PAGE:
In Tonga, even today, ripe nuts, named tuitui are pounded into a paste, tukilamulamu, and used as soap or shampoo.[citation needed] As recently as 1993, candlenuts were chewed into sweet-scented emollient utilized during a traditional funerary ritual in the outlying islands of the Kingdom of Tonga. Their scent was also used for making various sweet smelling oils for the skin.[8]

Dead wood of candlenut is eaten by a larva of a coleoptera called Agrionome fairmairei. This larva is eaten by some people.

Modern cultivation is mostly for the oil. In plantations, each tree will produce 30–80 kg (66–176 lb) of nuts, and the nuts yield 15 to 20% of their weight in oil. Most of the oil is used locally rather than figuring in international trade.

In Uganda, the seed is referred to as Kabakanjagala meaning "The King loves me"[9] and is traditionally used as an improvised toy to play a marbles game fondly called dool(oo).

Toxicity[edit]

Because the seeds contain saponin and phorbol, they are mildly toxic when raw.[10] However, the Kukui seed oil has no known toxicity and is a non-irritant, even to the eyes.[11]

Mythology[edit]

In Maui the kukui is a symbol of enlightenment, protection and peace.[3] It was said that Kamapuaʻa, the hog-man fertility demi-god, could transform into a kukui tree.[12] One of the legends told of Kamapuaʻa: one day, a man beat his wife to death and buried her beneath Kamapuaʻa while he was in tree form. Because he saw that the woman had been a good person, he raised her to new life, but damned her husband to death.[citation needed]

See also[edit]

References[edit]

  1. ^ "Aleurites moluccanus (L.) Willd.". Germplasm Resources Information Network. United States Department of Agriculture. 2007-05-29. Retrieved 2009-11-15.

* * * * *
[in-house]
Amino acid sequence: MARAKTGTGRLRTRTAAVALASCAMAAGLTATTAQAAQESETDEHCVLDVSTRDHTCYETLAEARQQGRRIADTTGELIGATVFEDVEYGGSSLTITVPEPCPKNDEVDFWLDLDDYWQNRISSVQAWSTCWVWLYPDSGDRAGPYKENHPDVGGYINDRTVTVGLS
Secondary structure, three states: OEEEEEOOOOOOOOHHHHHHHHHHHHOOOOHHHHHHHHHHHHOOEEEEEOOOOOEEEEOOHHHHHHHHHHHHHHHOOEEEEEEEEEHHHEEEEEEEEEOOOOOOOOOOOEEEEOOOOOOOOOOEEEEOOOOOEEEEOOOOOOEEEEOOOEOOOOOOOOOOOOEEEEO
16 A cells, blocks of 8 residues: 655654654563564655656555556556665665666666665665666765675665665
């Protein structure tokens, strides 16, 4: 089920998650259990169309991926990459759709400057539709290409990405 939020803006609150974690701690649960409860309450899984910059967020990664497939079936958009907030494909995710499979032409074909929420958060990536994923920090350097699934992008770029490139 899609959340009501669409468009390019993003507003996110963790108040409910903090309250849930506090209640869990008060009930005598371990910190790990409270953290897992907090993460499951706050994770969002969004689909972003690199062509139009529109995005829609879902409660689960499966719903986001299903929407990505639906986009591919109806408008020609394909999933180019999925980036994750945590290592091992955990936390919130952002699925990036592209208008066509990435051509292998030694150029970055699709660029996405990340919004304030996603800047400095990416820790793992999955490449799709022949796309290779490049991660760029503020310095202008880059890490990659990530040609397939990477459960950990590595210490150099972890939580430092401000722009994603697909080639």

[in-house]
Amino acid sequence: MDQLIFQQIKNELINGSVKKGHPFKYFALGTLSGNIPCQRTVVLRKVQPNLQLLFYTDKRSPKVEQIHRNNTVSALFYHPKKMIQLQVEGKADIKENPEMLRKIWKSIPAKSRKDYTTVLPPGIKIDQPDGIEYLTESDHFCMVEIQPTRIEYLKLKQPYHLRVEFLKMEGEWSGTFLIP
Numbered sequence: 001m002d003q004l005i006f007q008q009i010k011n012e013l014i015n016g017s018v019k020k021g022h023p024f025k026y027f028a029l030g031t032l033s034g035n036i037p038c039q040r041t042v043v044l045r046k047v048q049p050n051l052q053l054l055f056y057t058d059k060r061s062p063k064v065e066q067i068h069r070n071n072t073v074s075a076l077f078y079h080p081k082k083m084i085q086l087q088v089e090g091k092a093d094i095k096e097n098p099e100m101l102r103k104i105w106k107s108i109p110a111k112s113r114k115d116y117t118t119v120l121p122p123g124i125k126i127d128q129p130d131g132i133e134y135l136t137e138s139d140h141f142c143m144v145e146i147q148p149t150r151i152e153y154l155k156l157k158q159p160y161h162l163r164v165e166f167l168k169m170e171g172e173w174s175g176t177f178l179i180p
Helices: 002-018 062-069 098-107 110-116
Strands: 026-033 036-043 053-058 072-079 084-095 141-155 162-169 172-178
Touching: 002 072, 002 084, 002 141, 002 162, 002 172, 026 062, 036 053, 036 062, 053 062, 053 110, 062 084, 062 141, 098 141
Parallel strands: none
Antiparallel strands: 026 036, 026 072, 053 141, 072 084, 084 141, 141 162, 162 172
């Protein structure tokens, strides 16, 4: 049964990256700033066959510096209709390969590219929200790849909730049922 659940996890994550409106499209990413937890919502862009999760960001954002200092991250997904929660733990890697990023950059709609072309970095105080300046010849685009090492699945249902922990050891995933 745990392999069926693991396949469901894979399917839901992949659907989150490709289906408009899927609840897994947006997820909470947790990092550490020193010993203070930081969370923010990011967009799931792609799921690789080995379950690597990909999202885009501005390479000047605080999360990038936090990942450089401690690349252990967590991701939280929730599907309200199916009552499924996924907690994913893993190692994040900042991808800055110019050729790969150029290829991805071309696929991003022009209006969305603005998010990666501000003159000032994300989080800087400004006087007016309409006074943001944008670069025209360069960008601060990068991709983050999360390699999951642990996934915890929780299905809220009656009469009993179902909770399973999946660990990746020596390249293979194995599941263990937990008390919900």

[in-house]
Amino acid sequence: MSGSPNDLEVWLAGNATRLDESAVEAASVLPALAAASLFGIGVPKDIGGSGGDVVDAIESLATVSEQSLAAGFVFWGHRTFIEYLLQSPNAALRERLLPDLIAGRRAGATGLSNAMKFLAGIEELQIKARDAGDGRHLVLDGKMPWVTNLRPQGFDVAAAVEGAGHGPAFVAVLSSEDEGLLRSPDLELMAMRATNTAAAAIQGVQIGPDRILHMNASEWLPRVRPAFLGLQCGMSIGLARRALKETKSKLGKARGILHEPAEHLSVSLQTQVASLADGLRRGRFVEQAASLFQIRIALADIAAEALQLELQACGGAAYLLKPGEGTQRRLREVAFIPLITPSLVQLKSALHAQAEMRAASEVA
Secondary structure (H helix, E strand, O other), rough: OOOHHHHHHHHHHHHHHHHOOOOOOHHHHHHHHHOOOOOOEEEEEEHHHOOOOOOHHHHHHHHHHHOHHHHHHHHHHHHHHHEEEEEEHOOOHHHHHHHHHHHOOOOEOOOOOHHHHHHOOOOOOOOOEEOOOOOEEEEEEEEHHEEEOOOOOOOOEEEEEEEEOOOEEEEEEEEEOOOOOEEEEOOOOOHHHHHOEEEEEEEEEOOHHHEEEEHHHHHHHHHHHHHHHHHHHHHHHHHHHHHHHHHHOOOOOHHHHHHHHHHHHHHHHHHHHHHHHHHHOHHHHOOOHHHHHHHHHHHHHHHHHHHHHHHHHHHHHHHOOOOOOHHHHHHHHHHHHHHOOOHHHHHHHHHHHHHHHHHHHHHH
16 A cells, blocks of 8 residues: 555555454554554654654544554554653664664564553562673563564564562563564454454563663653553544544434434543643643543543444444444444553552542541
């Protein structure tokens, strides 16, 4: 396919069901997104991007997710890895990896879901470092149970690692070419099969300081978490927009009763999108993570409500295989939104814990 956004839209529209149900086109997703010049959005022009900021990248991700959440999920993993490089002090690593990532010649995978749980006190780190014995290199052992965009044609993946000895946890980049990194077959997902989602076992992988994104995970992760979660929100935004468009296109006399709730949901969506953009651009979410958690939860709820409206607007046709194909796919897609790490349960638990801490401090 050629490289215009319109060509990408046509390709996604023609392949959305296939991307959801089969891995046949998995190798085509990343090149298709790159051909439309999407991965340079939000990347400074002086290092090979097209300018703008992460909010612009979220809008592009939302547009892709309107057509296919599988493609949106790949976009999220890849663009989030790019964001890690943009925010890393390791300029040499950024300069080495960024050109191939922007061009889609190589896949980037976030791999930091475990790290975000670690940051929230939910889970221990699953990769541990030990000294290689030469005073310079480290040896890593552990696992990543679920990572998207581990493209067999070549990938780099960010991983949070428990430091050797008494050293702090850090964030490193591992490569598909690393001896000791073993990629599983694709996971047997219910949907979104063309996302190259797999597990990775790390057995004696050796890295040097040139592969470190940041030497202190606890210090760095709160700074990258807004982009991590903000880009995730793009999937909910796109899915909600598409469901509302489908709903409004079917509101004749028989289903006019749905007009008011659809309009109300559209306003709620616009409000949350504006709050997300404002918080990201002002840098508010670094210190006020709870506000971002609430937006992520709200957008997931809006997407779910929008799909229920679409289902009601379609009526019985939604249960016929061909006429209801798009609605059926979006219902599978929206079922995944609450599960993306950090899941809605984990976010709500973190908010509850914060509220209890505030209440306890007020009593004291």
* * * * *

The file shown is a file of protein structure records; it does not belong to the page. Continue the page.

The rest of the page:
2. ^ metscaper (Patrick Gozon) (12 November 2008). "Learning the Trees that Places were Named after". Our Philippine Trees. Retrieved August 16, 2012. 
  3. ^ a b c "Kukui". Canoe Plants of Ancient Hawaii. Retrieved 2009-11-15. [self-published source?]
  4. ^ Krauss, Beatrice H. (1993). "Chapter 4: Canoes". Plants in Hawaiian Culture. University of Hawaii Press. pp. 50–51. 
  5. ^ Dunford, Betty; Lilinoe Andrews; Mikiala Ayau; Liana I. Honda; Julie Stewart Williams (2002). Hawaiians of Old (3 ed.). Bess Press. p. 122. ISBN 978-1-57306-137-7. 
  6. ^ Kepler, Angela Kay (1998). Hawaiian Heritage Plants. University of Hawaii Press. p. 113. ISBN 978-0-8248-1994-1. 
  7. ^ Elevitch, Craig R.; Harley I. Manner (April 2006). "Aleurites moluccana (kukui)" (PDF). The Traditional Tree Initiative. p. 10. 
  8. ^ Morrison, R. Bruce and C. Roderick Wilson, eds. (2002) Ethnographic Essays in Cultural Anthropology. Bellmont, CA: Wadsworth. p. 18. ISBN 0-87581-445-X
  9. ^ Cultural Impressions
  10. ^ Scott, Susan; Craig Thomas (2000). Poisonous Plants of Paradise: First Aid and Medical Treatment of Injuries from Hawaii's Plants. University of Hawaii Press. p. 26. ISBN 978-0-8248-2251-4. 
  11. ^ Price, Len. Carrier Oils For Aromatherapy And Massage, 4th edition 2008 p 119. ISBN 1-874353-02-6
  12. ^ Mower, Nancy Alpert (2001). "Kamapuaʻa: A Hawaiian Trickster". In Jeanne Campbell Reesman. Trickster Lives: Culture and Myth in American Fiction. University of Georgia Press. p. 16. ISBN 978-0-8203-2277-3. 

External links[edit]